Union County development group names new director

NEW ALBANY – A familiar face has been named executive director of the the Union County Development Association.
Phil Nanney, a resident of New Albany and Union County for the past 26 years, has spent the past 13 years in the industrial custom machine tool business. The 59-year-old was officially named to the post on Monday.
According to the UCDA board of directors in its announcement of the hiring, Nanney’s skills in organization and relationship-building will benefit the area as it anticipates the opening of the Toyota facility in Blue Springs and its impact ofon the region.
Although Nanney has been on the job for only a week, he said he already has some projects and plans in mind but wants to get settled into his new job more before elaborating on them.
But he was willing to be specific on some goals.
“My primary thrust is going to be to work with the city, county board of supervisors and UCDA board, of course,” he said. “But I have been tasked to develop the existing businesses that we have, to work with our school systems to work with the different entities in the county and city, to bring our standard of living up, if you want to put it as such.”
A large part of improving the standard of living depends on jobs and, necessary to that, education.
“We have plans to work with human resources people,” Nanney said. “Human resources people know the jobs they are looking for workers to fill. They know the worker pool and they know what it is going to take to bring it up to a level where they can fill jobs that are available.”

Getting schools involved
Nanney wants to bring Northeast Mississippi Community College, Blue Mountain College and Itawamba Community College at some point because of their strong work force training efforts to develop better work programs.
“I’m very interested in starting an expanded GED program,” he said. “Our county, according to Northeast officials, was number one in their region in people obtaining their GEDs. I’d like to see that grow.”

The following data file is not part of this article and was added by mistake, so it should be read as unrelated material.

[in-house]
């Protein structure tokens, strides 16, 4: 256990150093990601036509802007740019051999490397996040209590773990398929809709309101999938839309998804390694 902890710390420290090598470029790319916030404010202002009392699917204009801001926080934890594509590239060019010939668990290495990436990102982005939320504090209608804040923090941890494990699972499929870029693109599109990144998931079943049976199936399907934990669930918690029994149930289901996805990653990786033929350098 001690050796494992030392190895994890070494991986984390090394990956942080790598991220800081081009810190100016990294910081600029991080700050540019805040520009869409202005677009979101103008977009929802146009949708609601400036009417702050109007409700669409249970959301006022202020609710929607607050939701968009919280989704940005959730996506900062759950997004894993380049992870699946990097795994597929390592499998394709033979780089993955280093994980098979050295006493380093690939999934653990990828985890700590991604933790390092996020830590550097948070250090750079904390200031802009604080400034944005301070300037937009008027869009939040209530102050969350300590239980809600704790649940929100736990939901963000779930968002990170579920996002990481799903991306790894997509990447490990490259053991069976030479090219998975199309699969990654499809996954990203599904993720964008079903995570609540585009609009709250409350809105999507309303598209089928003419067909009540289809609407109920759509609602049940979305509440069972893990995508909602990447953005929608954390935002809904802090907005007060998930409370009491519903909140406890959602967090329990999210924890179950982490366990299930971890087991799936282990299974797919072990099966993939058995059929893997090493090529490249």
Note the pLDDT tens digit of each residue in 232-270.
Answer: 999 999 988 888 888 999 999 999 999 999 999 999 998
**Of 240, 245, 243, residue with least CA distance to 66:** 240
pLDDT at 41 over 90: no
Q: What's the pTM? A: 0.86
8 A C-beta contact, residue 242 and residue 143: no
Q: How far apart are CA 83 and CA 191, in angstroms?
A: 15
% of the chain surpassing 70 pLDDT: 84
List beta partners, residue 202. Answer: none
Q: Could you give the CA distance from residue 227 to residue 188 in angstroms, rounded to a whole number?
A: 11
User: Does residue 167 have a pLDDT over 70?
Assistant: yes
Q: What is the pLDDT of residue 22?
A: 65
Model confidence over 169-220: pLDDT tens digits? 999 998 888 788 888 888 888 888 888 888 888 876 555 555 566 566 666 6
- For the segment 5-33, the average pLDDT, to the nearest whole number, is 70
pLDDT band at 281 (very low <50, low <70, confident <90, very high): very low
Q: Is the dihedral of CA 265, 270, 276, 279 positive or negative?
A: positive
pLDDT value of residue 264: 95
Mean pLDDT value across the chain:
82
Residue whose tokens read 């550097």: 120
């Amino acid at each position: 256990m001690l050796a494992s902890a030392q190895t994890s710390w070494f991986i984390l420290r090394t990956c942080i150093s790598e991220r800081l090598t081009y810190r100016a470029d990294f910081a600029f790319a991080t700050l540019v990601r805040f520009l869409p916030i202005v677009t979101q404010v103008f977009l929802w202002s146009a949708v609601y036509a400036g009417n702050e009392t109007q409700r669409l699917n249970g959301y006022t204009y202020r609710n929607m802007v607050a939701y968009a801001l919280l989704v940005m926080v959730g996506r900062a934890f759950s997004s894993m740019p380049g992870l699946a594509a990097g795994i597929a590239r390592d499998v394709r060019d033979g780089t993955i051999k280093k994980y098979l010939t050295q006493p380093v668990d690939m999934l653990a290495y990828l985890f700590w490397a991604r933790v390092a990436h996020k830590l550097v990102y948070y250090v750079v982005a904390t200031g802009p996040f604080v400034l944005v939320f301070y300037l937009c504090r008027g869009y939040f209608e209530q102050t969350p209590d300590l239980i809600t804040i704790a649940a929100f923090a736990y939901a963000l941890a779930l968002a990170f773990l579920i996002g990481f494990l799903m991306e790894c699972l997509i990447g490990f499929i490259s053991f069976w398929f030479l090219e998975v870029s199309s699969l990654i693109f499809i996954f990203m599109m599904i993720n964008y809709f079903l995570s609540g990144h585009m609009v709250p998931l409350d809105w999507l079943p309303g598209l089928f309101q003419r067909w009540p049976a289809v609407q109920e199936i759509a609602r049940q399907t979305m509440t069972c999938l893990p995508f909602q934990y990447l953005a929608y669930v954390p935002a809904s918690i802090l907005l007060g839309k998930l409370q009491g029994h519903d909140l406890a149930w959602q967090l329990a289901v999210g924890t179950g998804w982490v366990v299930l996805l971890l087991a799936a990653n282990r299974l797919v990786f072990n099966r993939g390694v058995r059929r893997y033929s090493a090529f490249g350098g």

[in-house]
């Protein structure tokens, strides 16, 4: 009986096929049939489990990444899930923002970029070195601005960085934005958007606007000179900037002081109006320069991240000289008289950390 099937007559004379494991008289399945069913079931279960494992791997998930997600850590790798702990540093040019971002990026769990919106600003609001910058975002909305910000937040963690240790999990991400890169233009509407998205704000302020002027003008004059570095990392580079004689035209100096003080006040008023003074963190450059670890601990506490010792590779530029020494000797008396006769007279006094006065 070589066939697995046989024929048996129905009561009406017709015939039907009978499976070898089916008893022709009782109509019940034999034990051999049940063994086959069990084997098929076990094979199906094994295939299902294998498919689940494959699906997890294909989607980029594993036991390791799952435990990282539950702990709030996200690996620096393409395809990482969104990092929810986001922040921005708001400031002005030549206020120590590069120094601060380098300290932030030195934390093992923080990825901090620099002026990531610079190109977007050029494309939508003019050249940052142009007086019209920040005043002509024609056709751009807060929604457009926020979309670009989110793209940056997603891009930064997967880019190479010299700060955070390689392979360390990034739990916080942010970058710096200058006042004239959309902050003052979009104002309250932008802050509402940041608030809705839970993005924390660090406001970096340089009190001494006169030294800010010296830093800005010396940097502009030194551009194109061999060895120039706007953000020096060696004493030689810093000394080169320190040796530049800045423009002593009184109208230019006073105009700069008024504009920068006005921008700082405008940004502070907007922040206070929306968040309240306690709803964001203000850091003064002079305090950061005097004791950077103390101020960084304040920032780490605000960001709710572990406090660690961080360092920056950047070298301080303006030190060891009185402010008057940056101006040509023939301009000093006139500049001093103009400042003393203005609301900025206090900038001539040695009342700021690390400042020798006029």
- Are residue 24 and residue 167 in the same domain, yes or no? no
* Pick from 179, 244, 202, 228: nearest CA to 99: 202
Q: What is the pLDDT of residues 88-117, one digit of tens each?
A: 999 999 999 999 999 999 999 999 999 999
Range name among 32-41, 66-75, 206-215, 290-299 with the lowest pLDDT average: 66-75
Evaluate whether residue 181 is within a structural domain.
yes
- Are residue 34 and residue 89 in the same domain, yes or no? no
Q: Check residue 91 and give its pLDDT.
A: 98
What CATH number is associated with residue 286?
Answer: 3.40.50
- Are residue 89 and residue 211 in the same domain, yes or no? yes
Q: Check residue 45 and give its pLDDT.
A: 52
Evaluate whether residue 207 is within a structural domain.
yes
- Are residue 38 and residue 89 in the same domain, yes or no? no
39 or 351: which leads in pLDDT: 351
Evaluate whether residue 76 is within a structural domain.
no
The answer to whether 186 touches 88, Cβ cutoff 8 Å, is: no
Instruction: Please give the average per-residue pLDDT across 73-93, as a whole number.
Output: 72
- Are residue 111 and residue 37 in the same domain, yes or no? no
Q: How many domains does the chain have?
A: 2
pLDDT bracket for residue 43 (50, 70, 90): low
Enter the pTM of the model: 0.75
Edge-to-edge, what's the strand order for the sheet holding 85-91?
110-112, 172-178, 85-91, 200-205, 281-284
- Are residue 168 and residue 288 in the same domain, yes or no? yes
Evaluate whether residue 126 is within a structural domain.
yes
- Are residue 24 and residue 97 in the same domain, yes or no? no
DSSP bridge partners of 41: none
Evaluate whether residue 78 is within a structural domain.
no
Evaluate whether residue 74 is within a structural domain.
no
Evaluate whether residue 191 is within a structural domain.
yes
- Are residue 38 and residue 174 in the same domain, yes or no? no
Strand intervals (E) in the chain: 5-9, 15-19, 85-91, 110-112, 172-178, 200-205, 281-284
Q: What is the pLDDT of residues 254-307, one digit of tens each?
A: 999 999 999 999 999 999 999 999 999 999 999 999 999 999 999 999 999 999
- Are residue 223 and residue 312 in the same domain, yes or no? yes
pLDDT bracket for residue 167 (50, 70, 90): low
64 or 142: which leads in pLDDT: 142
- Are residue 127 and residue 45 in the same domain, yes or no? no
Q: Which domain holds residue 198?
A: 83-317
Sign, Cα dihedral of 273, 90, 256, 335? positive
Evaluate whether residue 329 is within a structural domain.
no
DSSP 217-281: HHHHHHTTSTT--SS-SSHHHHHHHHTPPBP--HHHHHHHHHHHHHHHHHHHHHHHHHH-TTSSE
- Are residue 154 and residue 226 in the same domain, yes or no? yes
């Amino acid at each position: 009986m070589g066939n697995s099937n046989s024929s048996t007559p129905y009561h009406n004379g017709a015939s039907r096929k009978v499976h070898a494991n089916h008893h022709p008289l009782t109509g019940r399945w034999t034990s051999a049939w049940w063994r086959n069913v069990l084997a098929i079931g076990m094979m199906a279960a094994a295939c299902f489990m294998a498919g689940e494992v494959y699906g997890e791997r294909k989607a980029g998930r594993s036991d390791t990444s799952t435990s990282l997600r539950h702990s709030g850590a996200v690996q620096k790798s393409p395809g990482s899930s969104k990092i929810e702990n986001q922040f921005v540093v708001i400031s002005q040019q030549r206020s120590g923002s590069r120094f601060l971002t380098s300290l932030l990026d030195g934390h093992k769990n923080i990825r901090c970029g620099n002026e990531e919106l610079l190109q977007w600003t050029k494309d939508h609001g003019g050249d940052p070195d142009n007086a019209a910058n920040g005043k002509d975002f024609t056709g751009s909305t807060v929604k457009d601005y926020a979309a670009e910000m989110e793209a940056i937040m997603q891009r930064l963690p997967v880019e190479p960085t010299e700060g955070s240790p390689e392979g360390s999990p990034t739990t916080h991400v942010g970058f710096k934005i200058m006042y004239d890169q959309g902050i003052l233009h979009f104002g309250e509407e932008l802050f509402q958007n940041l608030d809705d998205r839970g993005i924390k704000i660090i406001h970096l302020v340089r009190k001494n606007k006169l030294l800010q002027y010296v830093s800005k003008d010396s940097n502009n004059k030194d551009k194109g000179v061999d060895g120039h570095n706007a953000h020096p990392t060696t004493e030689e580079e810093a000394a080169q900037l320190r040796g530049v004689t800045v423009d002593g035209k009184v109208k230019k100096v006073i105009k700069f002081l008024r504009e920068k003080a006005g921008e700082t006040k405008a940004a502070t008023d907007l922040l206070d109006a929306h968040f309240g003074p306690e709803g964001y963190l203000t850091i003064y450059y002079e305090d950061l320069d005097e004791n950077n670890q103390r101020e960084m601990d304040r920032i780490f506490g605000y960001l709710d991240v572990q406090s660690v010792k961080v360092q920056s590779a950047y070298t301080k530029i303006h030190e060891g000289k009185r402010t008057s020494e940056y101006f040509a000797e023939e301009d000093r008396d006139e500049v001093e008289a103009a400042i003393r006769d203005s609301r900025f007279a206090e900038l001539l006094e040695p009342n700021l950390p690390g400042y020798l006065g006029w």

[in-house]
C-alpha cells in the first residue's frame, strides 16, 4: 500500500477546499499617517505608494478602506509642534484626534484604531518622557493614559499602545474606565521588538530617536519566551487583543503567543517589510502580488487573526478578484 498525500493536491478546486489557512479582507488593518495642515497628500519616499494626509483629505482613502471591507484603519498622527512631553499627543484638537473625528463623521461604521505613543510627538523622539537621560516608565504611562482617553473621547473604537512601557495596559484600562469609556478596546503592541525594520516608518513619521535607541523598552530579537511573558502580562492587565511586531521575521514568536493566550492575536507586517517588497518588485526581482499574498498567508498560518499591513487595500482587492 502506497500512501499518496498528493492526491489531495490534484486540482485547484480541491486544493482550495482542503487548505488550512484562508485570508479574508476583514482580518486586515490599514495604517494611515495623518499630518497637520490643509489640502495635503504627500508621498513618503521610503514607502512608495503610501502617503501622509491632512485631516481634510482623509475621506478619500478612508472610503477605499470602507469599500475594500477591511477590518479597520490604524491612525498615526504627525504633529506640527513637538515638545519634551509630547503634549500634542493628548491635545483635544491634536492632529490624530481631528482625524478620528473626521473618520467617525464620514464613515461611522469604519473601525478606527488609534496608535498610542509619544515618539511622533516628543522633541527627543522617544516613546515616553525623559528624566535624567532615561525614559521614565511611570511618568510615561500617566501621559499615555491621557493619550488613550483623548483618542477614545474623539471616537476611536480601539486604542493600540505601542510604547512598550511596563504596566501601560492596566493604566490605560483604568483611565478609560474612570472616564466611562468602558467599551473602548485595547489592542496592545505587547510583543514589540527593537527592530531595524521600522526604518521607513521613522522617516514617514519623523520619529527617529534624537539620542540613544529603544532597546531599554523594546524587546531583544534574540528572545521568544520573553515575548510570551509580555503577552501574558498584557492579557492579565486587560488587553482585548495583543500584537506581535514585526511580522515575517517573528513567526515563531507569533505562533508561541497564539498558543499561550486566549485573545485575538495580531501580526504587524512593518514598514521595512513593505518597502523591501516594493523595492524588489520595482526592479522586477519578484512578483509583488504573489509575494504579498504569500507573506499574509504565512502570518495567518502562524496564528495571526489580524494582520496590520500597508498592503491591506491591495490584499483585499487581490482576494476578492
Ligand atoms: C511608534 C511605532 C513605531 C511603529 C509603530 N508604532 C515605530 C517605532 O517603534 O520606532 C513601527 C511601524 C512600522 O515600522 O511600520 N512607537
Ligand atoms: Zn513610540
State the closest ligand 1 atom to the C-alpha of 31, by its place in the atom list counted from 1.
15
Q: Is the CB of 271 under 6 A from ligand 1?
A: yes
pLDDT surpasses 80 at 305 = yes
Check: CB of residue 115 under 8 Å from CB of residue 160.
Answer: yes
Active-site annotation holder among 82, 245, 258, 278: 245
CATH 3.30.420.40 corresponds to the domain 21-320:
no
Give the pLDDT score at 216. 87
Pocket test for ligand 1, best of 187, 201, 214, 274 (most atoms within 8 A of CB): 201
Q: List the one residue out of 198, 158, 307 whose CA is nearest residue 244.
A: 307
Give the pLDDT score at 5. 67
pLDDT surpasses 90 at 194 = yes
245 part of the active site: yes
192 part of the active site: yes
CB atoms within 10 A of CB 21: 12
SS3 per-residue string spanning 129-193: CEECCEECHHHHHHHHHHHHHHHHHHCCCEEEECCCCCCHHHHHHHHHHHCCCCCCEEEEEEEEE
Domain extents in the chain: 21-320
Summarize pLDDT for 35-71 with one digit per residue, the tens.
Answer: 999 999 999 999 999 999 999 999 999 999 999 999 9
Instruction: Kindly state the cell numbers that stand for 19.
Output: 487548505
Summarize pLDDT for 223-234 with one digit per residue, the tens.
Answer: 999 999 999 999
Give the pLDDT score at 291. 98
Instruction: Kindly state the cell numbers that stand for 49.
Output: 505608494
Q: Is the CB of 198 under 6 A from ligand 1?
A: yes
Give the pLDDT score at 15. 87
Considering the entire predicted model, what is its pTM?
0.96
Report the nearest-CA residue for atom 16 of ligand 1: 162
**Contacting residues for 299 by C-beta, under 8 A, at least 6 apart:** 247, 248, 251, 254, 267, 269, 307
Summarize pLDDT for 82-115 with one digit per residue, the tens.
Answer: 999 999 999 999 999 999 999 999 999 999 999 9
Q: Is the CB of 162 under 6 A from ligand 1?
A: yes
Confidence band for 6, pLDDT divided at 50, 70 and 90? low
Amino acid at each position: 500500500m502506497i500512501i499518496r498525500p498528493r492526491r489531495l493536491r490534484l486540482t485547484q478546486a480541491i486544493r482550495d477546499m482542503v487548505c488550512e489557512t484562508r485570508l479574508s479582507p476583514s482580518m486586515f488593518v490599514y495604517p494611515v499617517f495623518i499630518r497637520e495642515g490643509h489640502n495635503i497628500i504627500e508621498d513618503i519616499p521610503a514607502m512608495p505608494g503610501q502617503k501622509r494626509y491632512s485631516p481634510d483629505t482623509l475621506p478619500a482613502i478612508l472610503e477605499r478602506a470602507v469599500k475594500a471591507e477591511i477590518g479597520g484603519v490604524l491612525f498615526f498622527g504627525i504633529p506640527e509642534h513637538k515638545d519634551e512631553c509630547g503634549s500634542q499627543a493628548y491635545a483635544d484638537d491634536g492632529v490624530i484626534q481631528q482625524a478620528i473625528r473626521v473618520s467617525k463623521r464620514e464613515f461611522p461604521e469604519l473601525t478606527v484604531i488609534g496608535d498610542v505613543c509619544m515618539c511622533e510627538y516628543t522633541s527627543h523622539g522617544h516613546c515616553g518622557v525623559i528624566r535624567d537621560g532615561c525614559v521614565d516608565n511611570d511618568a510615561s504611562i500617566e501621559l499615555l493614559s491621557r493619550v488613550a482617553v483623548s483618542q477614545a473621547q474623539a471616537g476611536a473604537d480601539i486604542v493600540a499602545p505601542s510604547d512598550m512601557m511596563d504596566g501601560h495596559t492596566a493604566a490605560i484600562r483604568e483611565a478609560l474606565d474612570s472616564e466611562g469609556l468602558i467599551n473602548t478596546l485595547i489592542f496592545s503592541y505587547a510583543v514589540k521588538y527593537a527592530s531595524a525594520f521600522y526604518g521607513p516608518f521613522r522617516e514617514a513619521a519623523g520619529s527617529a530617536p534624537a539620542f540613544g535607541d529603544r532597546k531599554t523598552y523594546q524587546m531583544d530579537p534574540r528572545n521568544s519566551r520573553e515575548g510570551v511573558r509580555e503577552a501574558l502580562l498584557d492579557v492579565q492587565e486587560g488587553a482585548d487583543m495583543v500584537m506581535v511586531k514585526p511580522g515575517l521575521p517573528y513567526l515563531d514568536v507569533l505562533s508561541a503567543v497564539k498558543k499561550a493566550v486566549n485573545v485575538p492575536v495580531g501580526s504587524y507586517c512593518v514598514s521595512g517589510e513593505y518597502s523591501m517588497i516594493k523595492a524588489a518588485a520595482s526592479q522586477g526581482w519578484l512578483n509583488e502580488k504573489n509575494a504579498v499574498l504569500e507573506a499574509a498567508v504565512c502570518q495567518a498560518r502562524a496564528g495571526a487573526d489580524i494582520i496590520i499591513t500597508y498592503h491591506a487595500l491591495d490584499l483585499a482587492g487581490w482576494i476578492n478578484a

That goal also meshes with a region-wide need.
Nanney noted he went to the recent CREATE State of the Region meeting where the emphasis was on education.
“It brought to awareness the fact that some people are struggling economically because they don’t have the education,” he said.
“I want to look at some way to develop a process that requires a candidate to make a commitment to get their GED and to follow through with some type of occupational training,” Nanney said. “Whether it be through Northeast or ICC or the Tupelo campus of Ole Miss, but something where we can take people who are minimum-wage employees, get them a GED, get them some training, so they can better themselves and their families’ lives.”
Although the economic environment has dampened some enthusiasm about the coming Toyota plant, the effect of the $1.3 billion is very much on Nanney’s radar.
“It’s going to hit in a couple of years and if we’re not ready we’re going to feel it,” he said. “The same thing is going to happen to us that happened in Canton. In the early days of Nissan plant, out of the 82 counties in Mississippi, 80 were represented on their work roll. I would love to see New Albany and Pontotoc, or Union, Pontotoc and Lee County be the primary employment pool for Toyota. But we’ve got to be ready.”
Key to the success of any UCDA efforts is community backing and public awareness is paramount, he said.
“The more transparent our organization is, the more people will see we are doing something, and that something is going to benefit our community and our county. I think that’s important,” he said.
And young people are the other part of his education focus. He not only wants to educate people better, he also wants to keep those well-trained young people in Union County.
“We are going to try to keep our good minds here and not allow them to go to other communities,” Nanney said. “The most important resource that we export is our young people and I would like to see that reversed.”

J. Lynn West/New Albany News-Exchange